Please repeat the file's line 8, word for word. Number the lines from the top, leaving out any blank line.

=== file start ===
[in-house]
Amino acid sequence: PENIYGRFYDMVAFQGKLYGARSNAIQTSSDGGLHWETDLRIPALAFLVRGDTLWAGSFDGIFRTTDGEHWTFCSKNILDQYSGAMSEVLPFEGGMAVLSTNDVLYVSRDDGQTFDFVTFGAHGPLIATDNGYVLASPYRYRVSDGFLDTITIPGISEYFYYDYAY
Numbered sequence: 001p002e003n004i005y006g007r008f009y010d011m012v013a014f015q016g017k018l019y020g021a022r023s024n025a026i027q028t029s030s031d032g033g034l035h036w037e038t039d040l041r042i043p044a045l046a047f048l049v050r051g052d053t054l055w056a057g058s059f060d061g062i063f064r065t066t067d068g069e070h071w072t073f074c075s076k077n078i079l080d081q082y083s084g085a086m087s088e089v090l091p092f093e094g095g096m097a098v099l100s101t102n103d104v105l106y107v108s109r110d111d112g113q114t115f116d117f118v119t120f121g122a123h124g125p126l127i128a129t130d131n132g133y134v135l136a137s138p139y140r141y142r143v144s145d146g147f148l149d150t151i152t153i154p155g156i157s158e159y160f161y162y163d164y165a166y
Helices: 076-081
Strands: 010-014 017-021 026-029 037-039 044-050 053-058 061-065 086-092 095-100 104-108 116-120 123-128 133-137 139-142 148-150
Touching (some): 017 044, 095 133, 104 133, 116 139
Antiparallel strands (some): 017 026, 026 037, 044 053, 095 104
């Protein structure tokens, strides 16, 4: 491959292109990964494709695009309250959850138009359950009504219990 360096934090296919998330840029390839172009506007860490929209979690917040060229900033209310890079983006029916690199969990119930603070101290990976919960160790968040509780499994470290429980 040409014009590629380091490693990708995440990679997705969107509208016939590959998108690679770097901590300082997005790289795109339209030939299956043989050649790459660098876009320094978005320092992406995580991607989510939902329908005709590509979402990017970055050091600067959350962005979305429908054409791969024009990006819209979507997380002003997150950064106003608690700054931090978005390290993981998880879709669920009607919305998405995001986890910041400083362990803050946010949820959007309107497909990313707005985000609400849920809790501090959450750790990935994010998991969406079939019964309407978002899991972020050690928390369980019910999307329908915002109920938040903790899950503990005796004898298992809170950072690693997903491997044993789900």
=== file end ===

């Protein structure tokens, strides 16, 4: 491959292109990964494709695009309250959850138009359950009504219990 360096934090296919998330840029390839172009506007860490929209979690917040060229900033209310890079983006029916690199969990119930603070101290990976919960160790968040509780499994470290429980 040409014009590629380091490693990708995440990679997705969107509208016939590959998108690679770097901590300082997005790289795109339209030939299956043989050649790459660098876009320094978005320092992406995580991607989510939902329908005709590509979402990017970055050091600067959350962005979305429908054409791969024009990006819209979507997380002003997150950064106003608690700054931090978005390290993981998880879709669920009607919305998405995001986890910041400083362990803050946010949820959007309107497909990313707005985000609400849920809790501090959450750790990935994010998991969406079939019964309407978002899991972020050690928390369980019910999307329908915002109920938040903790899950503990005796004898298992809170950072690693997903491997044993789900």